By Carol Wintermute
The Humanist Institute is a graduate-level leadership education and training program. It is the result of visionaries across the spectrum of our movement seeing the need for pooling resources to more effectively promote humanism in the face of declining interest in the late 70’s and 80’s. Paul Beatty, a Unitarian Universalist Humanist Minister initiated the project to create an organization that would have representatives from all our groups in North America. At several International Humanist and Ethical Union (IHEU) World Congresses, Paul met with Sherwin Wine from Humanistic Judaism, Howard Radest from Ethical Culture, Paul Kurtz from the Council of Secular Humanism and Khoren Arisian from Ethical Culture and Unitarian Universalist Humanists. With others joining this group, the North American Committee for Humanism (NACH) was created as a coordinating committee. Their first order of business? To create a school for training humanist leaders.
In August of 1982, 45 representatives of the American Ethical Union, the American Humanist Association, the American Rationalist Association, the Council for Secular Humanism, the Freedom from Religion Foundation, Friends of Religious Humanism (part of the Unitarian Universalist Association), the Humanist Association of Canada, and the Society for Humanistic Judaism met at the University of Chicago to form The Humanist Institute. It was the first graduate program for the education of humanist leaders who serve organizations across the humanist continuum. Sherwin Wine was elected president, Howard Radest became the dean, and the New York Society for Ethical Culture offered their building as the home of the Institute. In March of 1984, the first class was formed.
To launch this enterprise in less than two years was a surprising feat. Some organizations provided scholarships; others provided classroom space and members of all groups had to be solicited for financial support. Board members, deans, and faculty are all volunteers as they believe strongly in the mission of preparing humanist leaders to be advocates, innovative thinkers, and organizational experts who will advance our movement and its influence in the public arena.
The curriculum is designed to immerse one in humanist history and philosophy, learn about the various forms of humanism in North America, understand our movement in light of other religions and philosophical movements, understand moral and ethical development, delve into the philosophy and practice of effective leadership, examine our underpinnings of reason and science and then apply humanist thought to social, political and economic issues, as well as look at aesthetic aspects of human development.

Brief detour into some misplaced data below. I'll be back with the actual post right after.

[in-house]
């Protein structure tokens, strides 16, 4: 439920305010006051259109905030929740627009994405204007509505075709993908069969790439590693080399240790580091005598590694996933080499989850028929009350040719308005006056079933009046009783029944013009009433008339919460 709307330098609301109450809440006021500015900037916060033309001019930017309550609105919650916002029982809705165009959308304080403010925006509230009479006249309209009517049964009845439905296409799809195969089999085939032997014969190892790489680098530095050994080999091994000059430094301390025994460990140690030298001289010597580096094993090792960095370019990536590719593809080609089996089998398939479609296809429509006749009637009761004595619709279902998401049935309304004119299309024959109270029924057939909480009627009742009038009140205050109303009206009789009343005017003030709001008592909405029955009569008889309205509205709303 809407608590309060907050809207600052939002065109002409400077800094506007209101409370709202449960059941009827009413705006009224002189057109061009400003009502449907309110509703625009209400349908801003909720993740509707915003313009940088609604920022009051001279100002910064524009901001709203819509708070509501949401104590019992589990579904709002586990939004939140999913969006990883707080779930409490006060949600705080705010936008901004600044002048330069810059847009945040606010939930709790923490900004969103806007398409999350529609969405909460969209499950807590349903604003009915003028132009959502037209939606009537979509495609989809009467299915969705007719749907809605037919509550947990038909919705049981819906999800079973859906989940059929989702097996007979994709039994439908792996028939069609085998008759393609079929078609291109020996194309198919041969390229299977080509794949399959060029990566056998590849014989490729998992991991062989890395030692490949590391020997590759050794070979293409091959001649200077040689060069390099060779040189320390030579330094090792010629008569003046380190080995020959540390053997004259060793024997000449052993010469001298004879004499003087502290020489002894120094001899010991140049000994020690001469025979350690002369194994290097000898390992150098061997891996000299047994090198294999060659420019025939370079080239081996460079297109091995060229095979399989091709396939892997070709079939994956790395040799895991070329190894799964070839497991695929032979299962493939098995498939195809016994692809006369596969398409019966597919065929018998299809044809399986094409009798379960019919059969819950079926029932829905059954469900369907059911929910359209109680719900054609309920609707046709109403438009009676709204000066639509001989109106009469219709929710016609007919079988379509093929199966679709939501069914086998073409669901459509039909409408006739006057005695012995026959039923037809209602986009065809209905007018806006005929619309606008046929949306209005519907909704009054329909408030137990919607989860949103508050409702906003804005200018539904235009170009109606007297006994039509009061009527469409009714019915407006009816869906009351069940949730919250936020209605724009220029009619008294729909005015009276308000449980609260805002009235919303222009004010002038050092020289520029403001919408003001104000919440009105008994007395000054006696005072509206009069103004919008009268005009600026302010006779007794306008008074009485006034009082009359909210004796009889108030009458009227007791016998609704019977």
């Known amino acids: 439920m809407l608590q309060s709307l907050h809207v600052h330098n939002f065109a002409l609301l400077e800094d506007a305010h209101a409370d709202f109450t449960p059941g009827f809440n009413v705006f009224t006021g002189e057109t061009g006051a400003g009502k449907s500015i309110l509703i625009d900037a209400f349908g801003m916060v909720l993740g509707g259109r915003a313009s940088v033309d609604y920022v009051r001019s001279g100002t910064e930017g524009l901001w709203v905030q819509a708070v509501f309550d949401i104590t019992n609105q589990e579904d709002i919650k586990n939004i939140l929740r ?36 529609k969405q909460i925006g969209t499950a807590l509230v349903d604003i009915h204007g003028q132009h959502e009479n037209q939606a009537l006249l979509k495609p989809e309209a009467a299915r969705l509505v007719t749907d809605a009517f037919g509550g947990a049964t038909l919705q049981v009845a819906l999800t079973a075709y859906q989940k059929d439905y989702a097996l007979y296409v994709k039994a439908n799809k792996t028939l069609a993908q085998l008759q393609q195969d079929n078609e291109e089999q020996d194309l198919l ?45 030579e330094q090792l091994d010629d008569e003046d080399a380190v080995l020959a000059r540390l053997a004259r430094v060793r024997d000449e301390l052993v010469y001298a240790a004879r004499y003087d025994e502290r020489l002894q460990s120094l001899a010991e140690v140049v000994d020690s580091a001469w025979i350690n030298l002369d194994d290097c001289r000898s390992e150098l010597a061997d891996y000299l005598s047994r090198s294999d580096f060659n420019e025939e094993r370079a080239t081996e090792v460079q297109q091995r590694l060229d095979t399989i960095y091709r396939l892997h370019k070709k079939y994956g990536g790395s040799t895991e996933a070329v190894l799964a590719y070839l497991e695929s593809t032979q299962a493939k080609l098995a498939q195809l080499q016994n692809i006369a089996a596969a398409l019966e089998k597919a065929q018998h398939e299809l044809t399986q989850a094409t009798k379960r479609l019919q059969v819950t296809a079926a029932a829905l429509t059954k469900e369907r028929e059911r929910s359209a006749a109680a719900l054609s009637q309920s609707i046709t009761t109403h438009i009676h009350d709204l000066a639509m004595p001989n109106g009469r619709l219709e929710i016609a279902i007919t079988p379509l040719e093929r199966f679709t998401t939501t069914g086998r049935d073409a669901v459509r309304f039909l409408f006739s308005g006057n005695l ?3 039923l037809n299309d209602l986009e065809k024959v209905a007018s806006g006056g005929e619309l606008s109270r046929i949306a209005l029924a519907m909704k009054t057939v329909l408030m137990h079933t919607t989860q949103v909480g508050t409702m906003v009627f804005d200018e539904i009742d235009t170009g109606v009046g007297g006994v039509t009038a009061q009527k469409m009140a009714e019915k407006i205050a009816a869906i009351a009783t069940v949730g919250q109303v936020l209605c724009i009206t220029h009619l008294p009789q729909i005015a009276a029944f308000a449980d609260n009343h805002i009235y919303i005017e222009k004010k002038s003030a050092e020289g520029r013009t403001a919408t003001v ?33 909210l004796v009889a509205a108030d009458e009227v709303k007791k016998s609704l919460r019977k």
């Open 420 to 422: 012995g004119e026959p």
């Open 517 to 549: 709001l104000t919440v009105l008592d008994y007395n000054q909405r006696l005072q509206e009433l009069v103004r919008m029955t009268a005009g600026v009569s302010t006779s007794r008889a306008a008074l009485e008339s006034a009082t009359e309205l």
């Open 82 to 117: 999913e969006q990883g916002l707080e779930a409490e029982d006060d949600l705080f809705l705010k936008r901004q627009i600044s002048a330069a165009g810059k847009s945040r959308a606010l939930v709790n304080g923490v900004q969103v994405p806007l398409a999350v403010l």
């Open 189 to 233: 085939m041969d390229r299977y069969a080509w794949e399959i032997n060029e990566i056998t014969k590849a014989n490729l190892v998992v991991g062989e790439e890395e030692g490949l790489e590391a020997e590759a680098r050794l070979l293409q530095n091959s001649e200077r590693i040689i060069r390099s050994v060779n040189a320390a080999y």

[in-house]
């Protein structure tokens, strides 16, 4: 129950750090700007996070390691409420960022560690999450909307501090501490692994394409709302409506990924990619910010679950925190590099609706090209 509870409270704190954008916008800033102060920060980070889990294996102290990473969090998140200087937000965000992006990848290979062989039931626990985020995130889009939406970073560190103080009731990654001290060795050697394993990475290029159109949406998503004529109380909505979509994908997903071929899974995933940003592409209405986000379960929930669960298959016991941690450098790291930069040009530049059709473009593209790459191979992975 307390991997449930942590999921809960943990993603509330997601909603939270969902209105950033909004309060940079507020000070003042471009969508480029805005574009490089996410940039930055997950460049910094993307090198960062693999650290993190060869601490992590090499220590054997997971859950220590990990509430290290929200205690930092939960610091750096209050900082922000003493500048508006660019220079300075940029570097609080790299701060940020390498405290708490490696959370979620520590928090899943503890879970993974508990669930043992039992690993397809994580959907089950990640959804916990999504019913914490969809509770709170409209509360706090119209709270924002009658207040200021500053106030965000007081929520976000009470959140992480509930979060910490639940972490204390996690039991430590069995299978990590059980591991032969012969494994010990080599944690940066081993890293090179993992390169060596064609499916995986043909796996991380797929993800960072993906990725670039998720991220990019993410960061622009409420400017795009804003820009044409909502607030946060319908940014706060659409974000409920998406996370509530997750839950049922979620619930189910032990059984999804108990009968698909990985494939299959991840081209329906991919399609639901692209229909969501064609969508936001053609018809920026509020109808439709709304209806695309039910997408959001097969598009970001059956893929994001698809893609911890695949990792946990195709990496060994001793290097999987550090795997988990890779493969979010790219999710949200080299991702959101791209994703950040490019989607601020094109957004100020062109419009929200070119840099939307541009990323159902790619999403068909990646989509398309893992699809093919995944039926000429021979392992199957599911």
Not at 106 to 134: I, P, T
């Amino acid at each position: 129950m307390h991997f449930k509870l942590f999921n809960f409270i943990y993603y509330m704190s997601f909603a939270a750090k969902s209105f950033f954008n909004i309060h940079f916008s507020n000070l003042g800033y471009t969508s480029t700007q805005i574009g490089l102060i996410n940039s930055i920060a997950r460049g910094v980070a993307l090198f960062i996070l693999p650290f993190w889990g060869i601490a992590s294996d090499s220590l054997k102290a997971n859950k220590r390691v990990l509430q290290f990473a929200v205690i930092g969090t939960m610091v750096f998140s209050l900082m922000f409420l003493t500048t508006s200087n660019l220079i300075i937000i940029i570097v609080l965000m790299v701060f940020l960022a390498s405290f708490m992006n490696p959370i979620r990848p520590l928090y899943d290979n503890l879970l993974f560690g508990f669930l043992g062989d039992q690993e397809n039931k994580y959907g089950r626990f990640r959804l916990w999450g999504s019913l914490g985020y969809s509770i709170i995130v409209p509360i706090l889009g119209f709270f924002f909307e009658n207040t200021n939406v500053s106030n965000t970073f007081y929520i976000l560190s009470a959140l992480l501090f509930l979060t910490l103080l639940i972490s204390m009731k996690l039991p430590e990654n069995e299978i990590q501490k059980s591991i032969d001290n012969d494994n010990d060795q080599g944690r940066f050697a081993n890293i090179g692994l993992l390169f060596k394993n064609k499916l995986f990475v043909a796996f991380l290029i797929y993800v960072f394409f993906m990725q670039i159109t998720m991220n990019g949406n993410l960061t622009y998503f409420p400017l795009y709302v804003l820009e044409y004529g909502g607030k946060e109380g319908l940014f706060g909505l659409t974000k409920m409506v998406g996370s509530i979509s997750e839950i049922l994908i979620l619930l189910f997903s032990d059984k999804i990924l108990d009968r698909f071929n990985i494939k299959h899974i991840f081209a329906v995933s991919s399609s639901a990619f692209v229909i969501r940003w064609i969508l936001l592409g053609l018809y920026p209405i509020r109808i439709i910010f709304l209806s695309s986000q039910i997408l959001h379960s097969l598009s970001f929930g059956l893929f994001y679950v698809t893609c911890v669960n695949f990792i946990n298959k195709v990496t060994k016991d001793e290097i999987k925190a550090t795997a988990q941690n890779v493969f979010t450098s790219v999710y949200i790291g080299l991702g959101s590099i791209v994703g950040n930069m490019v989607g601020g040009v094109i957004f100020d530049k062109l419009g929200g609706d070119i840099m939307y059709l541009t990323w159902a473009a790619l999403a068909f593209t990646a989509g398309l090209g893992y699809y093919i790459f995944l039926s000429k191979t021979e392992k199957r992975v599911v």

This graduate-level program can be completed in a three year period involving intensive reading and reflection. Students come to New York City and Washington, D.C. for long weekend seminars in December and April, and for a five-day seminar in August. An independent project and a program of supervised field work are required outside of the class gatherings. In between sessions, students are expected to read further on topics discussed in class or connected to the general session theme. Other assignments include short papers, book or article reports, and oral presentations. Students continue the conversation at home through online discussions.
Interactions among students, mentors and faculty constitute an indispensable element of the learning experience. The bonding that occurs among the students in a class is remarkable and one of the riches elements of the program. The interpersonal factor in the learning environment is an invaluable feature of the program. It is the coming together of representatives for all our groups that enables us to understand each other’s views and work together for the future.
There are over 100 graduates of the Institute. Sixteen classes have graduated in 27 years. The newest Class 18 is slated to begin this December. We purposely limit class size to six to ten people, which allows for maximum participation in discussions and a lively exchange of views.
Our graduates are among the leaders, board members and staff of all our constituent groups. Some graduates serve as Ethical Culture Leaders, UU Ministers, and AHA Chapter Presidents. Others are advocates, spokespersons, and activists for humanism in their communities. Some are innovative thinkers who keep our movement alive with their provocative insights and writings. It is apparent that our graduates are making a difference in advancing the causes of the humanist movement.
If you are interested in The Humanist Institute, please visit our web site at www.humanistinstitute.org to see our brochure and learn more about our curriculum and the studies of past classes. You may also contact Kristin Wintermute, executive director, at firstname.lastname@example.org.
Carol Wintermute is co-dean of The Humanist Institute.